What does that mean for the future? I’m glad you asked. Another report, this time from Marin Software as reported in Search Engine Land, projected that by the end of 2015, mobile devices will account for half of all paid search clicks in the United States. Half of all paid search clicks. Those are some serious numbers. That compares with 21.8% at the beginning of 2013 and 34.2 percent at the end of 2013. A stratospheric move towards mobile by any measure!

Mobile Websites: From Luxury to Necessity

If you haven’t already realized it and as the data above indicates, it’s time to embrace the world of mobile and the cross device campaign. And it makes no difference whether you’re operating in the B2B or B2C arena, a mobile friendly website is no longer a luxury but a necessity. Equally important is user experience. Marketers need to think about the customer experience not only as it relates to their corporate websites, but also as it relates to mobile ad campaigns. Simple things like having prominent contact details, click-to-call functionality, live chat, buttons that are easily navigable, maps, etc., are of vital importance when dealing with a customer that’s always on the move, impatient and perpetually connected.

Consumers appear to be ever more willing to engage with brands with paid search via their mobile devices and the reason is pretty simple: we want what we want when we want it. Brands and marketers need to understand that and make it easy for people to get the information they seek when they want it, as well as to hit the “buy” button and experience an easy, efficient path to purchase.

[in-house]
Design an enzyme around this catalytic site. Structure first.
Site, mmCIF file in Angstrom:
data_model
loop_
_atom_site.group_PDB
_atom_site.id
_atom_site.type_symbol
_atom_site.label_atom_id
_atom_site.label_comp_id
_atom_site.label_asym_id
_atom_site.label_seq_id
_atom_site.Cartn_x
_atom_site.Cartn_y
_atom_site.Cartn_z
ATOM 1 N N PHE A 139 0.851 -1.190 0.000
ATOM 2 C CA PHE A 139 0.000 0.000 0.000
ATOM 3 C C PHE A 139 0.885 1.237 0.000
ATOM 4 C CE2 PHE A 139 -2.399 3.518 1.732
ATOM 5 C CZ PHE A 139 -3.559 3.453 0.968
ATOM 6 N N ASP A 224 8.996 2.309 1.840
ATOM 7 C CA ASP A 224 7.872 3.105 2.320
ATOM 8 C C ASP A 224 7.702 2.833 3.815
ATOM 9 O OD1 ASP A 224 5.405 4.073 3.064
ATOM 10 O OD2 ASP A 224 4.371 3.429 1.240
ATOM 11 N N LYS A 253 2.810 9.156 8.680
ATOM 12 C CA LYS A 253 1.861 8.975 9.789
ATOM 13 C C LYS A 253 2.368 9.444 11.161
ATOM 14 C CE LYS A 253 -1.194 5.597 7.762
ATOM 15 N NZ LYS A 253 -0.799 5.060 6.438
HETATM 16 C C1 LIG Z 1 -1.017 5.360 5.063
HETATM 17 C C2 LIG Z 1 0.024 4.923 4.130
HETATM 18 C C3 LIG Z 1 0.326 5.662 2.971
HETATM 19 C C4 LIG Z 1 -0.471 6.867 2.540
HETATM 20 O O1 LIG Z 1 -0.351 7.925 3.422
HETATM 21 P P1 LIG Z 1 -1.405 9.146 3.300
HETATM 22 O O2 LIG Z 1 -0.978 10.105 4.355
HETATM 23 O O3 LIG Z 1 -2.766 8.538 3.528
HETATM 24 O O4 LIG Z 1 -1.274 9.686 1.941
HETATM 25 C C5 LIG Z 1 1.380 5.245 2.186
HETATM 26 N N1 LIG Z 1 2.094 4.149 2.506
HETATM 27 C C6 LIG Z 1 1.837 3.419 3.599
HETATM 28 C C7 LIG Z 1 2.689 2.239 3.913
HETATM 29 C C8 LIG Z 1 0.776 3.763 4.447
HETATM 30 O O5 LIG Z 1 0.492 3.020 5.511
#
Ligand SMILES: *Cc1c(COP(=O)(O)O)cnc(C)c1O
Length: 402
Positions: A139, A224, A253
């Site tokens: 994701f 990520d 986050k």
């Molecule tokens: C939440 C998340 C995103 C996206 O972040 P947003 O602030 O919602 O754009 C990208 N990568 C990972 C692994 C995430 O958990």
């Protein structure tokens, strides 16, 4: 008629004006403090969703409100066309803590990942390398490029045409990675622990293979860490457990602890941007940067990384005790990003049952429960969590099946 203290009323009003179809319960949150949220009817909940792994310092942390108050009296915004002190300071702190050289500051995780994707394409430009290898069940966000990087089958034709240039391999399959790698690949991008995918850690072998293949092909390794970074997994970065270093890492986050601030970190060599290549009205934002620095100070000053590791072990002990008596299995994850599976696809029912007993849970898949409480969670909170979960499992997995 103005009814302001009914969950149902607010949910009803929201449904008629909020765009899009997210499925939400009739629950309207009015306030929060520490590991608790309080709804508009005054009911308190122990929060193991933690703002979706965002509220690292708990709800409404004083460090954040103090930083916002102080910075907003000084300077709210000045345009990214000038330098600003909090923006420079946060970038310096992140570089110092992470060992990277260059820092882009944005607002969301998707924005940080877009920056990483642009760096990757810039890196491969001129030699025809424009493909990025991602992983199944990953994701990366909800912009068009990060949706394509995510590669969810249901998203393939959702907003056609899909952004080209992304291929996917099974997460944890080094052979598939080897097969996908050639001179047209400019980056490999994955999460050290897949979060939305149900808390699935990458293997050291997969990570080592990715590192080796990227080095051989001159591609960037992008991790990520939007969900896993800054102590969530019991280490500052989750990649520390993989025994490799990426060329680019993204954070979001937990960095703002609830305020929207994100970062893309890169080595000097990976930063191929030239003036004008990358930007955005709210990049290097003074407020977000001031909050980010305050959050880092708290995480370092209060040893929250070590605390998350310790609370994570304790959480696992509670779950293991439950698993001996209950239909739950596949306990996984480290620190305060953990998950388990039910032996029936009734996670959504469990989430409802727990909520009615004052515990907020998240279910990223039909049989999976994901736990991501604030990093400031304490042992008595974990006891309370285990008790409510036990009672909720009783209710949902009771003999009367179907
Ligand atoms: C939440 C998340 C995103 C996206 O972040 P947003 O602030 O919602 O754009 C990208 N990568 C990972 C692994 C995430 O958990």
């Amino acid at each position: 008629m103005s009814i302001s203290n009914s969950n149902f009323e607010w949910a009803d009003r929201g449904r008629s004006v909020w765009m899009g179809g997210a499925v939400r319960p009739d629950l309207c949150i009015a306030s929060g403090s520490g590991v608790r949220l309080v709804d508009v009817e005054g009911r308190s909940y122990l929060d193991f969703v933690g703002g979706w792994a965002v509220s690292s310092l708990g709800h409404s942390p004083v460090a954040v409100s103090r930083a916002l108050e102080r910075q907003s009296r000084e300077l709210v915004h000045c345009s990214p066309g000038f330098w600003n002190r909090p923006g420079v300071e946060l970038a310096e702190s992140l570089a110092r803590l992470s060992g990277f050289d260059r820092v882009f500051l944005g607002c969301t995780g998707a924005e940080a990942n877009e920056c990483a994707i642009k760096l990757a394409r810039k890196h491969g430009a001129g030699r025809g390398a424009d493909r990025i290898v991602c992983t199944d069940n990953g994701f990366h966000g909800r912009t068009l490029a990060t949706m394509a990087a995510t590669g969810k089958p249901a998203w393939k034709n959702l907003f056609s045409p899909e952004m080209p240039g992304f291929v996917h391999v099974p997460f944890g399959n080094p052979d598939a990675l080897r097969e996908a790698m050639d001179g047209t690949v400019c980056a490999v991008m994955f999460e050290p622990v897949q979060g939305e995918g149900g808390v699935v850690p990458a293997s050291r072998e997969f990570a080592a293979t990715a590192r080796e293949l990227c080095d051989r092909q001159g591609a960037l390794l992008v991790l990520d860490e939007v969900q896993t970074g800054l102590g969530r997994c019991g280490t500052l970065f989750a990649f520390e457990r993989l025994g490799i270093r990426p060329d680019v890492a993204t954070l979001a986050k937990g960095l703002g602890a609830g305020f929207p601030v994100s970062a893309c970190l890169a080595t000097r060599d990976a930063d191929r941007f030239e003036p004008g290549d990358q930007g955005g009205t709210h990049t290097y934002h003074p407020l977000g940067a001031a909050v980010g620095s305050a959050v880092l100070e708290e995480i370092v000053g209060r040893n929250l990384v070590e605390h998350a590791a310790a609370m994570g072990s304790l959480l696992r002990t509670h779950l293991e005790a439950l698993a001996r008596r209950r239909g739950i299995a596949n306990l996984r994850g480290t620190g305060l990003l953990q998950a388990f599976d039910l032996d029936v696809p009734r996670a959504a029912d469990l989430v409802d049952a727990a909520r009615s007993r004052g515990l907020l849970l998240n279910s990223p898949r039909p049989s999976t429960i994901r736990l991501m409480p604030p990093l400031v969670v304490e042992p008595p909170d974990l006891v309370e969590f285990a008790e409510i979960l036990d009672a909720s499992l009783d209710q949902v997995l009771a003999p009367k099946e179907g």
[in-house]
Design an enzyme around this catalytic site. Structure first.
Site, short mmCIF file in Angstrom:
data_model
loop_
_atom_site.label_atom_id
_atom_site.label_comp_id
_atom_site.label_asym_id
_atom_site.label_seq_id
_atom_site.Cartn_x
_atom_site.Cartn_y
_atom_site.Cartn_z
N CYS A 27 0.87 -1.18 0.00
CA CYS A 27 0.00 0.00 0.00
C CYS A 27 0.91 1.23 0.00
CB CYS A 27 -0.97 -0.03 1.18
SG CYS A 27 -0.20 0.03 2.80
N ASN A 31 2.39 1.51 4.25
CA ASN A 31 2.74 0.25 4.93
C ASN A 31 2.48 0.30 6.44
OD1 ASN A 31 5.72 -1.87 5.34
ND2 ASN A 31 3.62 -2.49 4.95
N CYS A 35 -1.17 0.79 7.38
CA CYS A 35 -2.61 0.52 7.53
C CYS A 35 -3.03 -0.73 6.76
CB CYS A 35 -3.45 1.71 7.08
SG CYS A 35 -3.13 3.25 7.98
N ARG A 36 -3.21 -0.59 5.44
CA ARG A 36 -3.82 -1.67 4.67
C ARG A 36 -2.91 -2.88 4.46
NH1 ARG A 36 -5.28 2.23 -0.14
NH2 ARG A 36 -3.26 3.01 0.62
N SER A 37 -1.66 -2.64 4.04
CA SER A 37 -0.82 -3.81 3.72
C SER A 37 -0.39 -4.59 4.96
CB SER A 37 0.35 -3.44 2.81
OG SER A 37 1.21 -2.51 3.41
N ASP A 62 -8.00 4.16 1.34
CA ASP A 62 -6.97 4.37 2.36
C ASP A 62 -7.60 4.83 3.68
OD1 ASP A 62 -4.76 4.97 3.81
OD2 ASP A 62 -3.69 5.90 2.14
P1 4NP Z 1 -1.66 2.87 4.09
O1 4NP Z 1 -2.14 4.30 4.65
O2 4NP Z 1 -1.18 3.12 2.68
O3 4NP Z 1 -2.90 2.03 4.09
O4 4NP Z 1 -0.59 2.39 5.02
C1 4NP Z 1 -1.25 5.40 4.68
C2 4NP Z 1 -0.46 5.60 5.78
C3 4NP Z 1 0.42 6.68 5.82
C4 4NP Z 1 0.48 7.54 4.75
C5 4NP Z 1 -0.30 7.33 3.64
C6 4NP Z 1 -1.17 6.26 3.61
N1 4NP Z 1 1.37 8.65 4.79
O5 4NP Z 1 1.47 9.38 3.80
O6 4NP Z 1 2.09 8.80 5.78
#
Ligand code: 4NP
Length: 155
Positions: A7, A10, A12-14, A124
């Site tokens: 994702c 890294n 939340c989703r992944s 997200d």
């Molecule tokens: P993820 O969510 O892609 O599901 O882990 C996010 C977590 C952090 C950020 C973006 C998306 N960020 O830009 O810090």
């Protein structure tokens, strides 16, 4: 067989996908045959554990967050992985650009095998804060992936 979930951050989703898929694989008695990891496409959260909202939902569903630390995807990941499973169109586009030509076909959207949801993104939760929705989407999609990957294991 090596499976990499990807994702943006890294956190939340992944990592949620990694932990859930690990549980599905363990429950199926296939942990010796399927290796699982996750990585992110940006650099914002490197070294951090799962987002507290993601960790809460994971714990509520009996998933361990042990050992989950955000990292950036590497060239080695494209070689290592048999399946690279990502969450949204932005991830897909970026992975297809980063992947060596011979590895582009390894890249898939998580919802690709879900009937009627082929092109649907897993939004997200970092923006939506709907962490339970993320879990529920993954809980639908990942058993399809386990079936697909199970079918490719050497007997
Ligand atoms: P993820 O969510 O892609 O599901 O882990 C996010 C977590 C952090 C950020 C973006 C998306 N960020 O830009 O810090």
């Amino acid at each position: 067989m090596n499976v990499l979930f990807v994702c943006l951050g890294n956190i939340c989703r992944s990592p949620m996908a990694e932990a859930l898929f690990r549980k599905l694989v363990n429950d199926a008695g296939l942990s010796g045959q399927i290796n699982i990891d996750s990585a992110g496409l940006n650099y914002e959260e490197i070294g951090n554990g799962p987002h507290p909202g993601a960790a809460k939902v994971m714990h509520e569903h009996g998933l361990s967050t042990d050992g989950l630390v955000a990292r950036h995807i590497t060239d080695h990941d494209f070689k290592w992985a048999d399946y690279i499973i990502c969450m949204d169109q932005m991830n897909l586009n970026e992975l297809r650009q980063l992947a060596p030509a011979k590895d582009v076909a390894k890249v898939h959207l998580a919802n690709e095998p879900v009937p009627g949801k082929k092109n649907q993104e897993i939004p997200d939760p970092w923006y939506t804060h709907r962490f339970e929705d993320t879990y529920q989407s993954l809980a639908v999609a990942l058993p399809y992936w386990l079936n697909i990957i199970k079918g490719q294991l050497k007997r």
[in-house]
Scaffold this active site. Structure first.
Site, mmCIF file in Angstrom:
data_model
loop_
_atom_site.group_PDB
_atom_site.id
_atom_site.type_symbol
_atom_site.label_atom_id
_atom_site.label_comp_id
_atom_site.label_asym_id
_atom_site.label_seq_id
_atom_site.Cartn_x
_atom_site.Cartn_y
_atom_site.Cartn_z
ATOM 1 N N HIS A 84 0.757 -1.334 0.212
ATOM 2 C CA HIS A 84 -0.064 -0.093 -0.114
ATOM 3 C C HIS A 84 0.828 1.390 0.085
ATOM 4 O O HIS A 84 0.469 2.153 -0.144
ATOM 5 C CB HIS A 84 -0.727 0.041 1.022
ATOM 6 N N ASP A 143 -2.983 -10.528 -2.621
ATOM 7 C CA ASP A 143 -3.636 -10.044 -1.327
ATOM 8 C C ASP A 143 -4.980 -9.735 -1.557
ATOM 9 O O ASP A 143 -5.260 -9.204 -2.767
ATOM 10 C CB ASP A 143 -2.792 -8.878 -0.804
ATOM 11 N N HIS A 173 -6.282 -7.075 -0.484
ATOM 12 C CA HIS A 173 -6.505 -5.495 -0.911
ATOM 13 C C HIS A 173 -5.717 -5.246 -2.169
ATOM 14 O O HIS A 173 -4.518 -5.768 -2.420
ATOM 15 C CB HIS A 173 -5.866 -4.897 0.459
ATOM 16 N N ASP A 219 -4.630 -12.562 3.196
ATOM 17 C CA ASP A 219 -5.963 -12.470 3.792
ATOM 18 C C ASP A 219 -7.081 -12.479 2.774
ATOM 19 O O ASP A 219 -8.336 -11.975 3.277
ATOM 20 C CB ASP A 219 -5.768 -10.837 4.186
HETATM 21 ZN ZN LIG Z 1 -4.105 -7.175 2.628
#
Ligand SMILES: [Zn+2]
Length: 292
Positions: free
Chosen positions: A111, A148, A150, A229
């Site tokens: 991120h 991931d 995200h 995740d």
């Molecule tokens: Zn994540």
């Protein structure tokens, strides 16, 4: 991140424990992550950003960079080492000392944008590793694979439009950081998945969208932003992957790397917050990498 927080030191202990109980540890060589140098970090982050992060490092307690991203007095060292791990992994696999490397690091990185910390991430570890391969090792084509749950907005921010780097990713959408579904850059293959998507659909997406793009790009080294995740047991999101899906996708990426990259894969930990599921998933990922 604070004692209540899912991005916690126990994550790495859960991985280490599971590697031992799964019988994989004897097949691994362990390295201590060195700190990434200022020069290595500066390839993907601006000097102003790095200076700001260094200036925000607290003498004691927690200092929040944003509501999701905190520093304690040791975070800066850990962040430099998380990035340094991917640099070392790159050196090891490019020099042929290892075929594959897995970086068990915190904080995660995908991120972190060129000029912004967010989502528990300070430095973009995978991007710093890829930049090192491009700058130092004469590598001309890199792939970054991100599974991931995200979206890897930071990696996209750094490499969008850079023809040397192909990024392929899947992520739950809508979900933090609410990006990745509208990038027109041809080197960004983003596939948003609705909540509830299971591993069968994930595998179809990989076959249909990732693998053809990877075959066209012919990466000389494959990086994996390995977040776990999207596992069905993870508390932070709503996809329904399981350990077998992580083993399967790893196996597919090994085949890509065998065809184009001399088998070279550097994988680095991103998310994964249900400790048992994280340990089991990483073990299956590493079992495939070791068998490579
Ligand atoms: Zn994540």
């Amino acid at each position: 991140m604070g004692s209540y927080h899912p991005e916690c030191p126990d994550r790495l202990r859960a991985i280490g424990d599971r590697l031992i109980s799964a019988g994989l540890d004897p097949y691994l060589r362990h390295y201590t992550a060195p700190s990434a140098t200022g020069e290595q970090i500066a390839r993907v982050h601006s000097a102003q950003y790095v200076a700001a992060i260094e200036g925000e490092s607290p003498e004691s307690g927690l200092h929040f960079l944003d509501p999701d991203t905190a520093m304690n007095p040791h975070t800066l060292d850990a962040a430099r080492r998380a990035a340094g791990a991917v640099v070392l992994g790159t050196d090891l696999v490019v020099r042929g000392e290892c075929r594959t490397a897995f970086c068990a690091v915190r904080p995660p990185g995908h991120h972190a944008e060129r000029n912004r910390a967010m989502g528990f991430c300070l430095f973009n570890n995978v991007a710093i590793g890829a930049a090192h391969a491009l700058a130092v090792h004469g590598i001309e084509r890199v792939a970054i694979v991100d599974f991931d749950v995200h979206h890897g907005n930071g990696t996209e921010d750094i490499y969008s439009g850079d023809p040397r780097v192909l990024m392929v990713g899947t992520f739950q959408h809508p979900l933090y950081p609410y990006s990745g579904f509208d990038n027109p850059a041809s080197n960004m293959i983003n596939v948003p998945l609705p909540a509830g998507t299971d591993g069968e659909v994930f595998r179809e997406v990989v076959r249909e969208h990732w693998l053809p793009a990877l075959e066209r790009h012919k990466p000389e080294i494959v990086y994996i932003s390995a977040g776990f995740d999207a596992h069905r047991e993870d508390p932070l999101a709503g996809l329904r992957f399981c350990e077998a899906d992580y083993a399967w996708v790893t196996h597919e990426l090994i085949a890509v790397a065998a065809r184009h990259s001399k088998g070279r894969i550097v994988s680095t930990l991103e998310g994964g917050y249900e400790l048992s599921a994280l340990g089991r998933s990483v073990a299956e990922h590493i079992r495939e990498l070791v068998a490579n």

What To Do About Mobile Today

It’s important to remember here that people typically find products or services they want to buy by one of two ways: by searching for them or by asking their friends for recommendations. That’s why paid search for mobile devices is so important – devices are increasingly what prospects are using to find you and your business. If you’re not using paid search to ensure that your results are being served up to them when they’re looking, it’s a little bit like having an unlisted phone number.

What about you? Has your business marketing strategy not only taken mobile into consideration but put it at the very top of your to-do list? If not, please do two things right now: pull out your phone and access your website. What does it look like? Look through the eyes of your prospective customers and be honest with yourself. Then, take a look at your Google Analytics report for the last six months or so. Note the traffic coming to your site from mobile devices and whether or not that number has increased month-over-month. I’m betting it has and that it will continue to rise. If that’s the case, and if you’re not serving them up a great mobile experience via your website and/or through your online shopping experience (or information-gathering experience) how long do you think they’ll hang around?